After I’m composed, I’m able to break down what happened and understand where I got off track. One bad meal does not mean I’m a bad cook; it just means I failed to follow a recipe correctly or misjudged a particular mix of ingredients. There’s no reason to become hysterical and abandon all hope of providing nourishing meals for my family.

Reminding myself of past wins helps, too. I’ll think back to the excellent feast I made recently that my husband and kids raved over, and that brings me back down to earth. Do I want to fail at cooking? Of course not. But all I can do is figure out what went wrong this time and adjust my actions in the future.

This approach works in the professional as well. So often, we have precious little control over whether a project succeeds. There are too many people involved and too many moving parts. We can do our best with the resources we have, but if we fail, we can analyze why and improve next time. Letting failures overwhelm us doesn’t move us forward. In fact, it erodes all the progress we’ve made to that point.

Here’s what I’ve learned about rising above failure and cultivating confidence instead of caving into self-doubt:

1. Recognize that you’re not alone in your doubts.

When we’re in the throes of anxiety, it’s easy to assume we’re the only ones suffering from insecurity. Not so. Many of your colleagues have likely experienced similar periods of self-doubt, so remember that you’re not alone. Everyone stumbles from time to time. What matters is that we get back up and continue striving to do better in our work and our personal lives. Don’t let your fears paralyze you and keep you from living a fulfilled life.

2. Question your assumptions.

If you feel overwhelmed by negative, self-critical thoughts, try to see the situation objectively. Is this failure a one-off event? Do you have a track record of success leading up to this moment? Chances are, you’ve succeeded more than you’ve failed and you’re more competent than you’re acknowledging at this moment. Even if you've struck out several times recently, these are all opportunities to learn and improve. Learning builds confidence, and confidence makes you more resilient in the face of failure.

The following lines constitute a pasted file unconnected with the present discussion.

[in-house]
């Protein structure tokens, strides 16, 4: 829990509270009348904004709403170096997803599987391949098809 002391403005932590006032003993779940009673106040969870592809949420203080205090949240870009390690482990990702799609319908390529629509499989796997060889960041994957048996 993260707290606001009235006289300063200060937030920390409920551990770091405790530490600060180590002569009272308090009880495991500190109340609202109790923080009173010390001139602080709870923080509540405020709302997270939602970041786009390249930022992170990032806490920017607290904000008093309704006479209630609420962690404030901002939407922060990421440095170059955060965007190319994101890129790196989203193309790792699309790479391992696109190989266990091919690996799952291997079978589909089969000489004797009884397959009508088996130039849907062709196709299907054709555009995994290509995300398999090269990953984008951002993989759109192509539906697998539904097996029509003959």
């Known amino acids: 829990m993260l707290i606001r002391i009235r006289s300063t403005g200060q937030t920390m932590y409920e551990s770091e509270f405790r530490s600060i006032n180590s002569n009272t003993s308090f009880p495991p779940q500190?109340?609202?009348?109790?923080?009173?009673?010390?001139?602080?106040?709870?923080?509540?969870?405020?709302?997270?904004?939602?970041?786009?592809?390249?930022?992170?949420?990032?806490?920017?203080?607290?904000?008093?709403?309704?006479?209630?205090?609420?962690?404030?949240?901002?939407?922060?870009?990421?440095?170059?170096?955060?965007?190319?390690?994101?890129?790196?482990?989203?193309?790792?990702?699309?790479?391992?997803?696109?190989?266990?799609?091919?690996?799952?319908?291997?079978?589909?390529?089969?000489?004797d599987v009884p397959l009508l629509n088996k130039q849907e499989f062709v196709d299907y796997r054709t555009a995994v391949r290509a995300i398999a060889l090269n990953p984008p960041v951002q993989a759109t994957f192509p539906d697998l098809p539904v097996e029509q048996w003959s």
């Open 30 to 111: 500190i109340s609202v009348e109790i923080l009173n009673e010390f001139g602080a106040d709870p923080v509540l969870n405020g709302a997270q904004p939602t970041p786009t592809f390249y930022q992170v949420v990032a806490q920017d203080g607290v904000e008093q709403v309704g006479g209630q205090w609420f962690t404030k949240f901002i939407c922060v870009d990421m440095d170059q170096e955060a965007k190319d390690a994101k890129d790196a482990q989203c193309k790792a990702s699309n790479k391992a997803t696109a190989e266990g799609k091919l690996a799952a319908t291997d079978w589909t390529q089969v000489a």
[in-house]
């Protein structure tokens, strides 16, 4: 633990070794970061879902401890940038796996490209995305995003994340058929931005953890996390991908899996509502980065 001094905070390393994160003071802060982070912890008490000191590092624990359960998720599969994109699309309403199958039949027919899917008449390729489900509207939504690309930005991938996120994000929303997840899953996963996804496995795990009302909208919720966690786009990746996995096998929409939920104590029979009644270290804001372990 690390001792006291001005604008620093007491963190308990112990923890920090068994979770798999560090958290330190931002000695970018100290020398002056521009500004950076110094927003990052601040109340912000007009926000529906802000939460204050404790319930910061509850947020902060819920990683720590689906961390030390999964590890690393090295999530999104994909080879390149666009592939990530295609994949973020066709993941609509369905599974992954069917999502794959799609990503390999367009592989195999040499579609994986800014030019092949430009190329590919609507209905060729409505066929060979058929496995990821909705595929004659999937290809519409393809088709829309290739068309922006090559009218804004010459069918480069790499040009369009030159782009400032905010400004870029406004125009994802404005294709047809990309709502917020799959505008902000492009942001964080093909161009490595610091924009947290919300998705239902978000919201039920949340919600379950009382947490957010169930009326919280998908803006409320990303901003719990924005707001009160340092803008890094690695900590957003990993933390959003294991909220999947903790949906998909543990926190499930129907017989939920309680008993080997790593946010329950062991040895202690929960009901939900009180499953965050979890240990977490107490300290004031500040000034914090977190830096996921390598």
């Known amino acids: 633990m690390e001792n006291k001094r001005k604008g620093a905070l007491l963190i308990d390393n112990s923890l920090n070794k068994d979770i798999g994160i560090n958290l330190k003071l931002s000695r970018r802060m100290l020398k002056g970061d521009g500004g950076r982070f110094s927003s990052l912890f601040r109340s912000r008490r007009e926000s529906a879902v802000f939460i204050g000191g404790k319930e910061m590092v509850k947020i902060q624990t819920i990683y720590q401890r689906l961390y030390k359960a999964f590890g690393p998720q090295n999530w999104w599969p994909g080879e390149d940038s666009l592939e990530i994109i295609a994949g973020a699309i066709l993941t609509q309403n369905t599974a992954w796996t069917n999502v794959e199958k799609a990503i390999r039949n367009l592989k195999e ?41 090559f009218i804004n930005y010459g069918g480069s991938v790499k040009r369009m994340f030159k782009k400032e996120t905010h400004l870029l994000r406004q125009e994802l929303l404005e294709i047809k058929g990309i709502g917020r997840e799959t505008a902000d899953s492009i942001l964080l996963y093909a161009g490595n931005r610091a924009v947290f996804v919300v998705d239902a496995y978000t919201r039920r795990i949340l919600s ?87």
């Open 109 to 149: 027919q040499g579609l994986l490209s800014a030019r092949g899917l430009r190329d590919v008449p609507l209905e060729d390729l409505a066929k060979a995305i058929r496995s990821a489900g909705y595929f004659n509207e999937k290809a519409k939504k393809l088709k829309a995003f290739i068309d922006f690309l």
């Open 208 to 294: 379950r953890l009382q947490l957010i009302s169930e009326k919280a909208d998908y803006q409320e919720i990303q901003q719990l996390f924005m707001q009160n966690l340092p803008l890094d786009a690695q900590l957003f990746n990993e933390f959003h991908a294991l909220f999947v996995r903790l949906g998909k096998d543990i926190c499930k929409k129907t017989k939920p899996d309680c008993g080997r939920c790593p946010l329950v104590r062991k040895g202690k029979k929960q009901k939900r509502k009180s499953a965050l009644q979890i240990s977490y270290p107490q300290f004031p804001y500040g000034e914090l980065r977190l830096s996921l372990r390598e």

3. Face those fears.

Following a failure, we do everything in our power to avoid the circumstances that caused it. I’ve learned that steeping yourself in the moment helps you figure out the lesson you’re supposed to take away. Now when I’m stuck, I ask, “What am I not seeing? What is the universe trying to teach me here?” Seen through a lens of learning and opportunity, failure becomes less frightening and self-doubt makes less sense.

No one wants to fail. But all of us will, some more than others. If we can stare failure in the face and welcome the lessons inherent in it, fear loses its power over us. We free ourselves to be more courageous and innovative because we know there will be a silver lining — especially in disappointments. When we learn from failure, we set ourselves up for even greater success.

Author's Bio: 

Sona Jepsen is a writer and speaker helping people be so good, they can’t be ignored. She enjoys fixing and growing businesses. Sona is passionate about people and performance with purpose.